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The death penalty is not progress in modern society

By Michael Hayworth - posted Friday, 24 May 2013

For years scientists have theorised that it's not intelligence that makes mankind unique, but our conscious ability to learn, and to improve. That's simply the nature of progress.

Today, in a world where significant advancements in science, technology, and industry exist, the role of governments is to protect their own people from harm, not kill them, no matter what side of the globe you are on.

But when some governments around the world are permitted to kill and to use outdated and barbaric forms of punishment like the death penalty, when lives are at stake, it is time to ask ourselves and the societies we live in the difficult questions.


How we answer these questions is the real measure of how much we have progressed.

For instance, we know that narcotics can do great harm to society and that there are laws in place to prevent these harmful effects.

Those that commit crimes must undoubtedly face the legal system and be held accountable. But state-sanctioned killing is not justice - it's calculated punishment, of a violent and cruel nature handed down in the name of justice - and it demeans us all.

Prior knowledge of the consequences doesn't change this.

Andrew Chan and Myuran Sukumaran must have known that the penalty for drug trafficking in Indonesia is death. Now, sitting on death row, they await their final clemency appeals to the Indonesian President, their last chance of avoiding death by a firing squad.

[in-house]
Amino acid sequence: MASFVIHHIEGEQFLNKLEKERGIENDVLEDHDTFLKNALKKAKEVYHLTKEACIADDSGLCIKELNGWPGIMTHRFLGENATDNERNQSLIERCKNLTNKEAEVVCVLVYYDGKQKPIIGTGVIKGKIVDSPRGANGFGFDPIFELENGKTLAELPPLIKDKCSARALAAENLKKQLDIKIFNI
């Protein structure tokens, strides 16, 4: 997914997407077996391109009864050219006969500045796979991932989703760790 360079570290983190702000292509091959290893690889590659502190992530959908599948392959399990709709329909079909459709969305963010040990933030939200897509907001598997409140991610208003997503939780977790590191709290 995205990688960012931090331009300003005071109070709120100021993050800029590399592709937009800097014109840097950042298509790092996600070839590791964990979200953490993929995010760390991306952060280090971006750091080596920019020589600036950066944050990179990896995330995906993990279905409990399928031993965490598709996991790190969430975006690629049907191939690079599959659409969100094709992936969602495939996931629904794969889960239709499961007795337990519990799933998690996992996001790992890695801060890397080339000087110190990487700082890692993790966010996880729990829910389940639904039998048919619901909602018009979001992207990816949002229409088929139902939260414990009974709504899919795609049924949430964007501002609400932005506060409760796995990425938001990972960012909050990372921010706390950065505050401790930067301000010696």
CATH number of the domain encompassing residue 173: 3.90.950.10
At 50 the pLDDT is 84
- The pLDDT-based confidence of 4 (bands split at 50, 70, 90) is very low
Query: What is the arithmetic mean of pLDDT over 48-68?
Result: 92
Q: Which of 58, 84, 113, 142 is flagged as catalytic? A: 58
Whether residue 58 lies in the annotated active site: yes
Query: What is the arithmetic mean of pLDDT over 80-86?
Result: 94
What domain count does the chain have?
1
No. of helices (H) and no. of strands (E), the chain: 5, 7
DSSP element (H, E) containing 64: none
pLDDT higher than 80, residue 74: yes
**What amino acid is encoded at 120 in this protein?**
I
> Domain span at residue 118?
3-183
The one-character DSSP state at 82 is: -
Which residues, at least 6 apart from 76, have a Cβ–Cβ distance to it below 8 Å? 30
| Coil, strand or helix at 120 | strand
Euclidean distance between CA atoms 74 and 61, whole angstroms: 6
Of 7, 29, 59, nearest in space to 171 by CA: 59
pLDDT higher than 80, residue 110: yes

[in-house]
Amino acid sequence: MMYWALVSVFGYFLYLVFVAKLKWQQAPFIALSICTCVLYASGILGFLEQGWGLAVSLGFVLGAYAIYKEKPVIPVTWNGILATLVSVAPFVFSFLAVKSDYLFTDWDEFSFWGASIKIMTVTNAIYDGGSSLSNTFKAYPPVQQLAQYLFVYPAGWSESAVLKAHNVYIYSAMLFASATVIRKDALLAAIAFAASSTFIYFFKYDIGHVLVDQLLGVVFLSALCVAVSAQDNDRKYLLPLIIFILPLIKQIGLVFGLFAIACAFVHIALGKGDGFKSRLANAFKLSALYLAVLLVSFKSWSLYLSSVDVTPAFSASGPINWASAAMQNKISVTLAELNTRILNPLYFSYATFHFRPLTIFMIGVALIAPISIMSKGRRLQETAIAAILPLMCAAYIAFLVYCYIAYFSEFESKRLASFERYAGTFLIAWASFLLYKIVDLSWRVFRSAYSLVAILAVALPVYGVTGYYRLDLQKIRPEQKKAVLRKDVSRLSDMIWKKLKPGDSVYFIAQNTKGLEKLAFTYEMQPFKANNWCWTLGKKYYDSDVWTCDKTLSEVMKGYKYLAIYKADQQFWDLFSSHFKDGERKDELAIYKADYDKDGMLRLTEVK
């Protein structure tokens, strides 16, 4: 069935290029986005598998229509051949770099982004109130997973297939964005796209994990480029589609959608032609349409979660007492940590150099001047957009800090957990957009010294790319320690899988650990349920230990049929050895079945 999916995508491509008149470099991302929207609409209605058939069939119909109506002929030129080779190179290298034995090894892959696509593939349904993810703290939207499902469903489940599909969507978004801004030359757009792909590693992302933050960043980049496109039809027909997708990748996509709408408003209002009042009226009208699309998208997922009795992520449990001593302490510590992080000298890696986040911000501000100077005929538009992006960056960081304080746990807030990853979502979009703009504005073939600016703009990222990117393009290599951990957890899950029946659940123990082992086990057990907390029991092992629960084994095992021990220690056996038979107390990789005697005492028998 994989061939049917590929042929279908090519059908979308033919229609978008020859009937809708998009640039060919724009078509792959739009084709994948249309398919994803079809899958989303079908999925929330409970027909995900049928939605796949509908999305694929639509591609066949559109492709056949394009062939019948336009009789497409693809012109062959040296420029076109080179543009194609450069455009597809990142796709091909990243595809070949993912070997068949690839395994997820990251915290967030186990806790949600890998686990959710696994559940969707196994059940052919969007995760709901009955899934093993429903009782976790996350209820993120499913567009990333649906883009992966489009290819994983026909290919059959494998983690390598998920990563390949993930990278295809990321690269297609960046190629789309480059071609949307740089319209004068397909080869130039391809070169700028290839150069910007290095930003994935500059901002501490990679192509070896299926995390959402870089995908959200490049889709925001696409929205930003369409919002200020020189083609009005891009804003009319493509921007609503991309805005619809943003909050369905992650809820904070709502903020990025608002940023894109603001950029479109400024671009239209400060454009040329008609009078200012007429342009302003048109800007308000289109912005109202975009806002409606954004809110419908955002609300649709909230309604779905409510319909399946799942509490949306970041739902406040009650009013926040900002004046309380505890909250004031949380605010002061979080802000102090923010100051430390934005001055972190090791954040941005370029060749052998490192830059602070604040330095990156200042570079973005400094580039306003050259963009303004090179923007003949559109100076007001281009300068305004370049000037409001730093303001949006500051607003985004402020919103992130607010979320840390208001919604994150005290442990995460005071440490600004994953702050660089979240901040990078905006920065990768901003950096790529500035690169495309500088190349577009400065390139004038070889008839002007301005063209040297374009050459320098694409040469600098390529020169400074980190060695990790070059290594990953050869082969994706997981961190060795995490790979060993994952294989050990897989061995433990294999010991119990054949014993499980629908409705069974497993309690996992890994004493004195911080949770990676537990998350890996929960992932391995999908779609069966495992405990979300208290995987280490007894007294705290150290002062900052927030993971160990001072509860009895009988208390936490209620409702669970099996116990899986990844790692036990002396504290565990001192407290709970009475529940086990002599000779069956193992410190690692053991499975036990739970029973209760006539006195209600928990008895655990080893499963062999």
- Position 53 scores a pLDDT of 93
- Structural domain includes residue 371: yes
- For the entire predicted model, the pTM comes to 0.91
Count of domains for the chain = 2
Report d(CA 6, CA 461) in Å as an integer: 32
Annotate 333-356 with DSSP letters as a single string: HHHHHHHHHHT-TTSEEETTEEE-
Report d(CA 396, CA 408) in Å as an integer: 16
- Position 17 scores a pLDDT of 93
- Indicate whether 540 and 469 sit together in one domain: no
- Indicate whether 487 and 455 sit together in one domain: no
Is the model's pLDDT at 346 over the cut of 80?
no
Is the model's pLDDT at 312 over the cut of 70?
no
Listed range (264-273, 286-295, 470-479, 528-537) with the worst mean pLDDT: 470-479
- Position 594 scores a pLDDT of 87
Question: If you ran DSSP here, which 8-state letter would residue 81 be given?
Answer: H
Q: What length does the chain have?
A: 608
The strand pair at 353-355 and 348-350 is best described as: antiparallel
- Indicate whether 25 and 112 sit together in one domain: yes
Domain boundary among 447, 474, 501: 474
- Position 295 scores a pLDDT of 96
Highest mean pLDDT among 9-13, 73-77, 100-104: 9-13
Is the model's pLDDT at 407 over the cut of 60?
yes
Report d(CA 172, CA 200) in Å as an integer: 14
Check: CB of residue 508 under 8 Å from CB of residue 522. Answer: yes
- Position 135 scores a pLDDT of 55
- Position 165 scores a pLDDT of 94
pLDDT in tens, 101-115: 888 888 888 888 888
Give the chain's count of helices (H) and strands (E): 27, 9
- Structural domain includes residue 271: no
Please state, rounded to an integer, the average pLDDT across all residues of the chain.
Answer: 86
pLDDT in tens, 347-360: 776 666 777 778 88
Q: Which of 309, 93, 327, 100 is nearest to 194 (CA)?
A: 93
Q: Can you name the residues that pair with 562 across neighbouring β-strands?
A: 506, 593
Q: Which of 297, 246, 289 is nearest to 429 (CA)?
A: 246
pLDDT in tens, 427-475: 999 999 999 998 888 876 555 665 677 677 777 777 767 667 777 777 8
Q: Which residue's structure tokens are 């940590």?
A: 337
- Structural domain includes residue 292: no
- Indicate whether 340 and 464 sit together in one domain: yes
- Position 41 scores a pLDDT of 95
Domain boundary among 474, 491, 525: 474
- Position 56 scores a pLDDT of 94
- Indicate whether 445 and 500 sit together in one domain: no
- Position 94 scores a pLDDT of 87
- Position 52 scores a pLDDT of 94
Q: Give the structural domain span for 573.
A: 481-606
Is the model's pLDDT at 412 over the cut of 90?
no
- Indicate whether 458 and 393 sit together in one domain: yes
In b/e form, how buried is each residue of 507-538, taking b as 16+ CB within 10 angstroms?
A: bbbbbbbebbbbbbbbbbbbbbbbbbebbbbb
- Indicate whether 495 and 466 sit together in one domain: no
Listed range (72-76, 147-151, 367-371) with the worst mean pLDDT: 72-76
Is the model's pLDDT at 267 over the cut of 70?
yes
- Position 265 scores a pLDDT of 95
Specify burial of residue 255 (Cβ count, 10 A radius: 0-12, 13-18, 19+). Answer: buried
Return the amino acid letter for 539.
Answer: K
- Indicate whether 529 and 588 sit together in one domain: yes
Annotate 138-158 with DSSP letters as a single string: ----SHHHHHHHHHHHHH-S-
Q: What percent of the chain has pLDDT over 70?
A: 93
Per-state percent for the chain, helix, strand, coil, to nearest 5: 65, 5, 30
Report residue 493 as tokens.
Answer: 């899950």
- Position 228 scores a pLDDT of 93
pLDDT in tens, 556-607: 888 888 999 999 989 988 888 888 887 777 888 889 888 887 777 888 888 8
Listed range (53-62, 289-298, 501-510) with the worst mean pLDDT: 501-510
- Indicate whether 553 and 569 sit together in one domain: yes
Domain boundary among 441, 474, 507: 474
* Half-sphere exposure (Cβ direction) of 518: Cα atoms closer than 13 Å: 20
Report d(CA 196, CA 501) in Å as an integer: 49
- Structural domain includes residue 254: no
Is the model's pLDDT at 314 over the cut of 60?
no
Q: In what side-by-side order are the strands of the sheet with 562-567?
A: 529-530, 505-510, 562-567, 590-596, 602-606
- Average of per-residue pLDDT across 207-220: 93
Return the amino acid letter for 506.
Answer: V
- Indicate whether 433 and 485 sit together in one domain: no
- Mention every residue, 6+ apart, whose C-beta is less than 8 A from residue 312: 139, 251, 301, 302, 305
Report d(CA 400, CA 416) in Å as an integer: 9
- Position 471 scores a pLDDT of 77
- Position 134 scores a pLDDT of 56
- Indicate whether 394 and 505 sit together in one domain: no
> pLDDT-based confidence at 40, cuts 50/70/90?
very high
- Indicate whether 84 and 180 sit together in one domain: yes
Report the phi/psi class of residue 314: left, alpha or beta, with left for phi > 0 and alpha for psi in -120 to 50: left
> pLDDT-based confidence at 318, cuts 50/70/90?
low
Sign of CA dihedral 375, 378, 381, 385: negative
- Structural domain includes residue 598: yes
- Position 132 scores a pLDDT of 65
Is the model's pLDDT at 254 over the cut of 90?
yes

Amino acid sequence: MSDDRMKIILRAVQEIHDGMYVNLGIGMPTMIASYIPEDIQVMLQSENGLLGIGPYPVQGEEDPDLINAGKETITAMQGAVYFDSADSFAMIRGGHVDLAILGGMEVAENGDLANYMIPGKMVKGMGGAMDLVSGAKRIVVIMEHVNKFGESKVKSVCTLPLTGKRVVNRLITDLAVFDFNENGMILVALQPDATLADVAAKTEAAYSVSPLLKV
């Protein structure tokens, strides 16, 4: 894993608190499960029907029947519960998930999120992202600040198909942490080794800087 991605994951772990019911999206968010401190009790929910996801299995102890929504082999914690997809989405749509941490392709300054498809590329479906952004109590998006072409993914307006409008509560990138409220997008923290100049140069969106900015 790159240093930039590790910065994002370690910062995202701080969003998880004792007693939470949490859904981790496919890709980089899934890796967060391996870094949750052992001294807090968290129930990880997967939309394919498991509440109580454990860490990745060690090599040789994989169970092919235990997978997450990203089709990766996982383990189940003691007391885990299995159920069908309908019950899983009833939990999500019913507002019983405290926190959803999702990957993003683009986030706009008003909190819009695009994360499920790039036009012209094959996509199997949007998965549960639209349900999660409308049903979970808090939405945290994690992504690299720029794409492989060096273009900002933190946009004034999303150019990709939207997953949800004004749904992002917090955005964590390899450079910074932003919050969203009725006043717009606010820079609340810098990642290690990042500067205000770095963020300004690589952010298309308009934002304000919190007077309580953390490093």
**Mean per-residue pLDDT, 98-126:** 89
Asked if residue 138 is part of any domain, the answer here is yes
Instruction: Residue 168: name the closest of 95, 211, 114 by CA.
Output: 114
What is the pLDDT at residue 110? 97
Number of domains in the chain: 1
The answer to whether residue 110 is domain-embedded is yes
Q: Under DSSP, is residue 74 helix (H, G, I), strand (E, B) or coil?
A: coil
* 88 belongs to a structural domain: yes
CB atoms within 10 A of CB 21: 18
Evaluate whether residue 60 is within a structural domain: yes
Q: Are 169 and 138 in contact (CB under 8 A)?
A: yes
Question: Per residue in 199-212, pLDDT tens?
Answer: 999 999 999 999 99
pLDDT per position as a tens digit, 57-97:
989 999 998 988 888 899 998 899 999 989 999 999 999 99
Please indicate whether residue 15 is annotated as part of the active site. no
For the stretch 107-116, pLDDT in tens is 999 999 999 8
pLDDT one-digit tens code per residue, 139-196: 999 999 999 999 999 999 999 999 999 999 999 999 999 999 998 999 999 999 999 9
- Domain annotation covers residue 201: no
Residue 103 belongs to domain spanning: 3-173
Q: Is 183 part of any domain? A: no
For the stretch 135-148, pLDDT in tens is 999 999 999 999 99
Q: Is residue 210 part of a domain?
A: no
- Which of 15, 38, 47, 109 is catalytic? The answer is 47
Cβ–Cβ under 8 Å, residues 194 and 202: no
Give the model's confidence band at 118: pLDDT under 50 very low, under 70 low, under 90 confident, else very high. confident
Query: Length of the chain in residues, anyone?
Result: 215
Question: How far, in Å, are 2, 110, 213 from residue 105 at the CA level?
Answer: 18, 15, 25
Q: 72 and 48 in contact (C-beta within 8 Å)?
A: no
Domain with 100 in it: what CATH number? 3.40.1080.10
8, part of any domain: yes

There are those that believe the death penalty is what criminals deserve, and even more so justifiable when unthinkable crimes have been committed.


In recent weeks, nothing speaks more to this belief than the horrific news of Ariel Castro, the man charged with the kidnap and rape of three women imprisoned in his basement for almost a decade. There are reports that Castro may now be facing the death penalty.

As terrible and unimaginable as such crimes might be, it is dangerous to build a criminal justice system based on what is essentially an eye for an eye philosophy. Revenge is not progress.

The reality of a modern-day government killing should not sit comfortably with global citizens, especially when there is no evidence to suggest that the death penalty deters criminals or stops such despicable crimes from happening.

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About the Author

Michael Hayworth is the Crisis Response Campaign Coordinator for Amnesty International Australia. Follow him on Twitter

Creative Commons LicenseThis work is licensed under a Creative Commons License.

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